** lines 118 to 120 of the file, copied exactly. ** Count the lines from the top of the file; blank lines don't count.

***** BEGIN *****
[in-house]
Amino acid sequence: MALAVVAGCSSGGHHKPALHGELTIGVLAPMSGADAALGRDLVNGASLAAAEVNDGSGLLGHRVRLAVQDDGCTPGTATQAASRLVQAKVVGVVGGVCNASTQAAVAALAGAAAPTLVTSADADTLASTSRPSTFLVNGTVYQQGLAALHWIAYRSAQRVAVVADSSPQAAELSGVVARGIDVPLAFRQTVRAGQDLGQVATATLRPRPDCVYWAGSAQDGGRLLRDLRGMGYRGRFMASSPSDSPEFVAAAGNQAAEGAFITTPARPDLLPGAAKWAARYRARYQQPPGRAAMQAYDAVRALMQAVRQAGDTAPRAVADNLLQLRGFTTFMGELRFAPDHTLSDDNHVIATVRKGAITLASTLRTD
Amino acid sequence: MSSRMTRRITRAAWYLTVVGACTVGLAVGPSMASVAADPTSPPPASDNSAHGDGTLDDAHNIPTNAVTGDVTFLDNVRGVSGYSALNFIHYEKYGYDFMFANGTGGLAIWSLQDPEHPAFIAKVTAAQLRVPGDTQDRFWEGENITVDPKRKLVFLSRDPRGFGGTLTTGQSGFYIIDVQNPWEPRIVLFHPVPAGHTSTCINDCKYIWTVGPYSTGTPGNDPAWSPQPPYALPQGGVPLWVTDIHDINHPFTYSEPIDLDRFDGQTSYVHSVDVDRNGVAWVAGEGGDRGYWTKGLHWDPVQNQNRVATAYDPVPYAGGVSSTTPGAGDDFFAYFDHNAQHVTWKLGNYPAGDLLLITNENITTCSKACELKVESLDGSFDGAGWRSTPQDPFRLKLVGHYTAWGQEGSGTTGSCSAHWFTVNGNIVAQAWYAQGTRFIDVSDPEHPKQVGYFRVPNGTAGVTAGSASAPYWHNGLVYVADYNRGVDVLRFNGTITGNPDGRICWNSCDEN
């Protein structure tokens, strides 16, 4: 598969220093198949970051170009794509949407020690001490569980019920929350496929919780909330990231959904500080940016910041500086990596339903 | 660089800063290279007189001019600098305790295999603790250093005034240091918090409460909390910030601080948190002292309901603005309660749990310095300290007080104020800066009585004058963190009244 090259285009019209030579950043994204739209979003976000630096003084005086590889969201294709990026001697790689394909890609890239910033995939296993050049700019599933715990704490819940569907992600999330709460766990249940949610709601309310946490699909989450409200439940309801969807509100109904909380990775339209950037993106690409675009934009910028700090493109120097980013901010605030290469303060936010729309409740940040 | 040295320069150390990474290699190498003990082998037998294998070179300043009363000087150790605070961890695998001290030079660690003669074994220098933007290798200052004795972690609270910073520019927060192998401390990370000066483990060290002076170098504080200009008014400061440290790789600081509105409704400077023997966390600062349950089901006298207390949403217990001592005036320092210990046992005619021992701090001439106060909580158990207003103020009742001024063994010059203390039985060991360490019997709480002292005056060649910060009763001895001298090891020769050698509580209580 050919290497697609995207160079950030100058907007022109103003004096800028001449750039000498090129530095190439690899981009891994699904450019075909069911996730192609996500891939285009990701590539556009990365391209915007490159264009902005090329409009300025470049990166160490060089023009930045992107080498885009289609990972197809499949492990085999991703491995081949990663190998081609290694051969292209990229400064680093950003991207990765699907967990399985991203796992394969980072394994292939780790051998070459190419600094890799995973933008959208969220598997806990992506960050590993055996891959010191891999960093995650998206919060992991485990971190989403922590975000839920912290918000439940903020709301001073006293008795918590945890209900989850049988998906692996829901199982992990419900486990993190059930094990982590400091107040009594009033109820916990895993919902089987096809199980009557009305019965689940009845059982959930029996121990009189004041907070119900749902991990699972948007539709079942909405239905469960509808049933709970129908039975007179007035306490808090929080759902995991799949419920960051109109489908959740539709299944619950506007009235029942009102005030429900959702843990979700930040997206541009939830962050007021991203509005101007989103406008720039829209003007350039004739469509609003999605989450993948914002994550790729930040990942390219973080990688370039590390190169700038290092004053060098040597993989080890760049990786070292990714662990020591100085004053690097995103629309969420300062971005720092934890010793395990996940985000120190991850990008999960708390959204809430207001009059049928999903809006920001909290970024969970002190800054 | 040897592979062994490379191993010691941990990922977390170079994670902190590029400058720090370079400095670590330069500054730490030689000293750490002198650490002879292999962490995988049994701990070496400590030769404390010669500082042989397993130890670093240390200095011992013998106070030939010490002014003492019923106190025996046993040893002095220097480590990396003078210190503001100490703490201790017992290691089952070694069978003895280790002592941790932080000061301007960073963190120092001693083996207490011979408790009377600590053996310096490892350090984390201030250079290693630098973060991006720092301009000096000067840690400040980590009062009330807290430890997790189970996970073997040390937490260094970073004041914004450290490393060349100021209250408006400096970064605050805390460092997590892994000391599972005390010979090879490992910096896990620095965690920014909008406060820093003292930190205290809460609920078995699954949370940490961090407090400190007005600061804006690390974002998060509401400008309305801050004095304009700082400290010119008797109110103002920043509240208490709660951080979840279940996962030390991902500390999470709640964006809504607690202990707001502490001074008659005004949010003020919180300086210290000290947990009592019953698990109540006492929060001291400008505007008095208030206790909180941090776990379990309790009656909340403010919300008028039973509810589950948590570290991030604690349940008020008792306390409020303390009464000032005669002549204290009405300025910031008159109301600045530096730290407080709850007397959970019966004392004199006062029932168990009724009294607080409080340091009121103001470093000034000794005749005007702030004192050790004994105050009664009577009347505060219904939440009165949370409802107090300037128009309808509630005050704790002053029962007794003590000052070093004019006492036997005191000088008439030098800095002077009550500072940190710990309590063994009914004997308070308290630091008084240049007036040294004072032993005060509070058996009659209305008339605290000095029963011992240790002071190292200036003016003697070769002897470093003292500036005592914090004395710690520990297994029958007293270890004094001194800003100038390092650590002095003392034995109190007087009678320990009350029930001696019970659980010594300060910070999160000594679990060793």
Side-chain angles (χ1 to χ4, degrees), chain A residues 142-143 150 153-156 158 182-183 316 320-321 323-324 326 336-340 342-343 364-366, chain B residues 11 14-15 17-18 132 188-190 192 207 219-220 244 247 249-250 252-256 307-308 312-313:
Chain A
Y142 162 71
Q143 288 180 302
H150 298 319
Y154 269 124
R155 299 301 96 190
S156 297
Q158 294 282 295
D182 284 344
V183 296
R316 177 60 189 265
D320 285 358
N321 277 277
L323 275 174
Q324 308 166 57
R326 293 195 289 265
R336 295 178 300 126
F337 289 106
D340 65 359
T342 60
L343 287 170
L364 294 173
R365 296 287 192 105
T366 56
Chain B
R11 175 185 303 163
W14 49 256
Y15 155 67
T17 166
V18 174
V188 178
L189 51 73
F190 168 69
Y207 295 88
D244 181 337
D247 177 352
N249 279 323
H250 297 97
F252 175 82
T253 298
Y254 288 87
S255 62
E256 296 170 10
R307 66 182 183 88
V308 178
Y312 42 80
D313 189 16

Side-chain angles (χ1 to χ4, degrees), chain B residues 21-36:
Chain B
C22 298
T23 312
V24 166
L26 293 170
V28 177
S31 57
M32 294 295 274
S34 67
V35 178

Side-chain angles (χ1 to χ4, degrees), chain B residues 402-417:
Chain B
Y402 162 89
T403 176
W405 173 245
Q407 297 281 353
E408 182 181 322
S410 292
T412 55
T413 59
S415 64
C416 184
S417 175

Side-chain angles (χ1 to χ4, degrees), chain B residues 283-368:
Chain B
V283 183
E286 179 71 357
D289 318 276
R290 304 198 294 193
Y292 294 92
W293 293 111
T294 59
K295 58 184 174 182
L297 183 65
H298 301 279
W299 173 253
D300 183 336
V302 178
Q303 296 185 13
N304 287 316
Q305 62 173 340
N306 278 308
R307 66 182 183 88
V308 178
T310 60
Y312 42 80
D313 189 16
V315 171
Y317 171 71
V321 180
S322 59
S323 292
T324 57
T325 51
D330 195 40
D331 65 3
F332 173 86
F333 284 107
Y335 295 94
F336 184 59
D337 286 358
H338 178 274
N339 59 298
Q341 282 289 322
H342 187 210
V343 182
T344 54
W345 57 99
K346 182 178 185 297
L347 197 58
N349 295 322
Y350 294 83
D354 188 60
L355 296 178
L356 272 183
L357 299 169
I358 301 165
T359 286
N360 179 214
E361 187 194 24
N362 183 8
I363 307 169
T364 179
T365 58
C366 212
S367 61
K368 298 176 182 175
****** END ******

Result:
H342 187 210
V343 182
T344 54